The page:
The real estate company of Jared Kushner was given a $210,000 fine by New York City regulators for filing dozens of false housing permits, the Associated Press reported Monday.
The AP had reported earlier this year that the Kushner Companies had filed at least 80 permits in which they falsely claimed that there were no rent-controlled units in their buildings, despite other tax forms admitting otherwise. Those permits were filed while Kushner, now a senior advisor to his father-in-law President Trump, ran the company.
The claims that they had no rent-controlled tenants allowed the firm to commence with heavy construction to update their buildings. Rent-controlled tenants told the AP that they thought the construction was part of a campaign of harassment to get them to give up their units, which the real estate company would then be allowed to rent out again at higher market prices.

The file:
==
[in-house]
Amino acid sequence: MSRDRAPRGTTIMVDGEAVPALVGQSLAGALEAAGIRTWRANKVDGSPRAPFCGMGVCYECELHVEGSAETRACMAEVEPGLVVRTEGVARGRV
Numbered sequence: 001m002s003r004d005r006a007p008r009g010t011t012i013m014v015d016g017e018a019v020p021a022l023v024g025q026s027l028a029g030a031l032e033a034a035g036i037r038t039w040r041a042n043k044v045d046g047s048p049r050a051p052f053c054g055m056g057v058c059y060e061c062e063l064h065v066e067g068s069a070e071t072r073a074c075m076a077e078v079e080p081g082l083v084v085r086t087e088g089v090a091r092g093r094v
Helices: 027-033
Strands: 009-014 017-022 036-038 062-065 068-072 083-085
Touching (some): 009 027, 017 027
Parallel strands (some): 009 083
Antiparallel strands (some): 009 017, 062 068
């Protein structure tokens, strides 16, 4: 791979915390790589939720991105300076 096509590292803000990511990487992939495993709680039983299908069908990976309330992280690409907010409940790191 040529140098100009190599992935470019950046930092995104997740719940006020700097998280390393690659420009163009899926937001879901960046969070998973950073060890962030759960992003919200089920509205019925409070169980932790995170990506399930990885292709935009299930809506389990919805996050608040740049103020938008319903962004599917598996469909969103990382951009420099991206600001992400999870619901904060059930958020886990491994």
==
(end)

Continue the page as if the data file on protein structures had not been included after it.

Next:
The not-for-profit that helped the AP uncover the incorrect documents, the Housing Rights Initiative, also claimed Monday that former Trump lawyer Michael Cohen engaged in a similar practice, though perhaps in a more brazen way: claiming in filings that buildings he owned were entirely empty, while in fact they were full of tenants, many of them rent-controlled.
Cohen pleaded guilty Tuesday to campaign finance violations, tax fraud, and bank fraud in connection with his work to silence women who said they had affairs with Trump.
A lawyer for Cohen and a representative for the Kushner Companies did not respond to the AP’s requests for comment.
Kushner Companies Fined For Filing False Documents